Ghost Whispererer and Haunted on the telly 

So here’s how the television show The Ghost Whispererer goes:

1) Ooky spooky music box theme tune with “Sowing the Seeds of Love”-style “eerie” animation involving Jennifer Love Hewitt RIPPING HER OWN HEAD IN HALFin a Victorian scrapbook style which calls to mind Terry Gilliam’s overexposed early Monty Python nonsense.

2) Jenny Love Hewitt enjoying delightful classic American small-town bliss (incl. heavy hintage at distinctly vanilla rumpo) with a hunk o’husband who could’ve inherited Business Big Shot status but chucked it in to be a paramedic. ALL MAN. She runs an antique shop where they make a little money even though they sell NOWT but then blow it all on milky coffee.
(JLH mode (1) : all scrubbed-up and smiley.)

3) JLH encounters miserable / lost / troublesome spirit who has failed to pass over to the unspecified other side due to (yawn) unfinished bizniss on this questionably mortal coil. Jenny can see ghosts, you see, and no-one else can. JLH struggles manfully with her gift for about 10 seconds and wishes she didn’t have to help this poor soul. Then the ghost gets pleady or threateny and she agrees that she has to help.
(JLH mode (2): scared: as per (1) except less smiley, mouth held slightly open).

4) JLH in full Social Worker to the Spectral Community mode. She’s visiting the living relatives – she wants to help them but they’re all suspicious. “I DON’T KNOW WHAT IT IS YOU’RE TRYING TO SELL LADY BUT I’M NOT BUYIN’. NOW LEAVE US ALONE.” Slam. She’s looking back through the papers to find out what misfortune befell her insubstantial mate. JLH is then subjected to a little more spookery just so she knows that abandoning the case is not an option, unless she wants ongoing ghostly botheration up to and including the lights flickering on and off.
(JLH mode(3): determined: as per 1 but eyes slightly narrowed)

5) Hostile Living Relative suddenly realises that JLH is telling the real actual truth (often through the proffering of some small unknowably meaningful token) and heart-to heart with deado ensues (amanuensis: sensitive Jenny). Any remaining earthbound wrongs righted in this sequence (e.g. treasure found; correct ownership of disputed tract of land resolved; parental love reconfirmed). Deado spots “the light”, dons beatific grin and legs it to eternity, out of shot. “Are they gone?” “Yes.” “Sniffles.” 
(JLH mode (4): caring: as per (1) but with head slightly tilted to one side).

6) THE END (sometimes add mysterious and thus-far meaningless sinister laughing ghouly spectre thing which puts the wind up JLH something chronic but never seems to turn up in the next show).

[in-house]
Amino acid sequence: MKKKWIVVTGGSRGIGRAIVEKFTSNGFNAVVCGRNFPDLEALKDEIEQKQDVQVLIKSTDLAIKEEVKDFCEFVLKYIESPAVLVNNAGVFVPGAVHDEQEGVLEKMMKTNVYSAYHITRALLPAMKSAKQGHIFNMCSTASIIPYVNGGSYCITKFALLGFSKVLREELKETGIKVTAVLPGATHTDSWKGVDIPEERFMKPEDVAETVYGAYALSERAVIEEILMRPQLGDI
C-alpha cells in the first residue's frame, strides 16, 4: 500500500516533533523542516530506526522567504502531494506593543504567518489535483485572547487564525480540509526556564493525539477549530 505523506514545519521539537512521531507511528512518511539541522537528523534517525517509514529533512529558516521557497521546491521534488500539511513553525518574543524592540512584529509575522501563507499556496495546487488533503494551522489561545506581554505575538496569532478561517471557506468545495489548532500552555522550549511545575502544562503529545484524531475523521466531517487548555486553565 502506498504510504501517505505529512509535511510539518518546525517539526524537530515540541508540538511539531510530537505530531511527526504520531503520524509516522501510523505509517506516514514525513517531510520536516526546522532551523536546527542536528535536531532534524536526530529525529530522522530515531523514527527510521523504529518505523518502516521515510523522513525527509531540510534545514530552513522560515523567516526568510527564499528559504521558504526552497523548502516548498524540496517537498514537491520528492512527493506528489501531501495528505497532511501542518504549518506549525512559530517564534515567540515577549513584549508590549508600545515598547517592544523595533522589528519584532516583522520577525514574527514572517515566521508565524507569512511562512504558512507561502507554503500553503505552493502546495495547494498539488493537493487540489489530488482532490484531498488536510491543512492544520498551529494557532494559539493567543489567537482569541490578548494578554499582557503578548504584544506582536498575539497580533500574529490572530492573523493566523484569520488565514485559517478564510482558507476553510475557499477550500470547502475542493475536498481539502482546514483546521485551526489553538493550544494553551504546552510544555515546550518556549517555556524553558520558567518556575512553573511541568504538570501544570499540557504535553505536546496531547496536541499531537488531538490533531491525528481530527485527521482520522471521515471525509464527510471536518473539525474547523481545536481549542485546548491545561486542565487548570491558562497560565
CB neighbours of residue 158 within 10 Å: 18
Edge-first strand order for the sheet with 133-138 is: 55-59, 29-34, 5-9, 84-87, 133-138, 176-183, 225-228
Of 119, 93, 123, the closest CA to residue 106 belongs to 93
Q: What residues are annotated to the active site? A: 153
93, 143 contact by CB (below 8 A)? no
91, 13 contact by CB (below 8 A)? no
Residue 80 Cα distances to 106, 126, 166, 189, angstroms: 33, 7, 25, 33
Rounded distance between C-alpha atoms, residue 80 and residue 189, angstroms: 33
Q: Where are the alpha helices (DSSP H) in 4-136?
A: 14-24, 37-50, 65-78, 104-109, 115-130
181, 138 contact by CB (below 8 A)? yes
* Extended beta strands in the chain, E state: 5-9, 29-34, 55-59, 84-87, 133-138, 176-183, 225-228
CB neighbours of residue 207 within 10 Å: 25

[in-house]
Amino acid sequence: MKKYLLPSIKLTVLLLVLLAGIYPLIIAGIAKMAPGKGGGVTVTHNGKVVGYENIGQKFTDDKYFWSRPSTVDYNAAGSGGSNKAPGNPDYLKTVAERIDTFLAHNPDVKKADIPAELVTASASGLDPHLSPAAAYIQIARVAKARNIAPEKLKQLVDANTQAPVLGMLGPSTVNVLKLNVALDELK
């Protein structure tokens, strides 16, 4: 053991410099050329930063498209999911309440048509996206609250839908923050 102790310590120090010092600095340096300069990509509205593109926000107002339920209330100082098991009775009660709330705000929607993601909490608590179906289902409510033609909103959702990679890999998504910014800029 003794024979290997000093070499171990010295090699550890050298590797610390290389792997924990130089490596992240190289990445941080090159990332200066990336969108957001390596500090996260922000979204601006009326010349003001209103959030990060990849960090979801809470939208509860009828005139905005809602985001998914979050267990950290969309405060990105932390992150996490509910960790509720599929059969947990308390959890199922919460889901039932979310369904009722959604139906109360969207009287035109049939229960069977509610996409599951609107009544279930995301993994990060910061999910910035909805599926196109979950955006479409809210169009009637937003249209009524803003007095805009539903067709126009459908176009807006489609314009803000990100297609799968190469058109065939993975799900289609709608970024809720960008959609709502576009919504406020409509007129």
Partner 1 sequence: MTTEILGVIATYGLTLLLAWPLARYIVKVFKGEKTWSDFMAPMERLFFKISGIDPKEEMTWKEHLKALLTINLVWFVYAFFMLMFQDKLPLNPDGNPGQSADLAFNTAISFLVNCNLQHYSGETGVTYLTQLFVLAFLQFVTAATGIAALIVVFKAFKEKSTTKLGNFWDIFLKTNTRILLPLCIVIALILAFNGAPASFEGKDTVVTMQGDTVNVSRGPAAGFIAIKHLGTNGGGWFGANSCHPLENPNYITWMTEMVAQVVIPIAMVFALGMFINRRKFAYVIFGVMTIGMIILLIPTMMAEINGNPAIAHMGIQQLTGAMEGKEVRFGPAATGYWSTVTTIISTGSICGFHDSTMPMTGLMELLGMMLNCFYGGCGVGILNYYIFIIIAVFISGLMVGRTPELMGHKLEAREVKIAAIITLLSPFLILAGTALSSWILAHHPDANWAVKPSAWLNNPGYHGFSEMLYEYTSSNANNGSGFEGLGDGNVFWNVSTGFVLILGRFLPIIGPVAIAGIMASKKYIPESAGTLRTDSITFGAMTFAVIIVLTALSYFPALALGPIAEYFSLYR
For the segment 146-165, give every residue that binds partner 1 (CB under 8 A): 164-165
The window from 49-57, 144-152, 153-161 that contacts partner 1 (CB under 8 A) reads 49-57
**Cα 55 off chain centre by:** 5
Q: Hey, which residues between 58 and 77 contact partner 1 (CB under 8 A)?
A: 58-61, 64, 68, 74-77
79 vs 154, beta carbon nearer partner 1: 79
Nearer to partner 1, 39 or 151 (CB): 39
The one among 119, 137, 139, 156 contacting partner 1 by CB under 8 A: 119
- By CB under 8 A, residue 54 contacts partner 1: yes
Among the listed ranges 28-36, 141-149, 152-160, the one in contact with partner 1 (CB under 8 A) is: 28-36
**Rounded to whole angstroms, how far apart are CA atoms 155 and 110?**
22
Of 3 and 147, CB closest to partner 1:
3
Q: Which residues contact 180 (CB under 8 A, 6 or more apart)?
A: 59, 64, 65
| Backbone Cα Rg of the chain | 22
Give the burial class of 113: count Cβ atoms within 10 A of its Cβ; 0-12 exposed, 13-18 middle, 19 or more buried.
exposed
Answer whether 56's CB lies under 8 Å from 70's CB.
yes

(JLH mode: (2), again)

The television show Haunted is EXACTLY THE SAME except for the following:

1) Nu-metal theme tune with trainer ad graphics on the title sequence

2) Main character is a mixed-up mound of muscly man with(out) a kidnapped son, whose cop career hit the skids* after the nasty baddies took his boy away.

3) More urban, more booze, more violence, greater possibility of insubstantial spectral sexing, less family values.

4) Greater possibility of using phantom intelligence to SHOP the BADDIES (as against Jenny who runs a one-woman FCAB (Former Citizens Advice Bureau)).

5) Matthew Fox out of Party of Five has fewer modes than Jenny, mostly he restricts himself to broody.

It’s tempting to ascribe each one of these differences to pure demographic targeting: Haunted plainly aims at being the ghost series of choice for discerning members of the Coke Zero generation (i.e. men, 15-29 or thereabouts), TGW is just as clearly for GURLERS. Except, except: if “Haunted” was going to be all about the young BLERKS, wouldn’t the obvious choice have been an enormous GHOST GUN with which any troublesome spirits could be blasted even further into the hereafter?

In both of these shows the haunters are always in need of the help. Even when they initially present as threatening poltergeistish nasties, it turns out all they need is a little tenderness. Who’d have thought? It’s the hauntees (some might say the victims) who have to change, to understand what’s gone wrong, to put things right. Justice, in both of these shows, is a gentle force but requires someone with the SPECIAL SIGHT to see the backstory and, er, try a little kindness to overlook the blindness. It’s all very hug-a-hoodie, even if the hood in question may have been applied by a real actual fictional executioner.
*I hope Richard Jobson isn’t still googling himself. Hello Richard!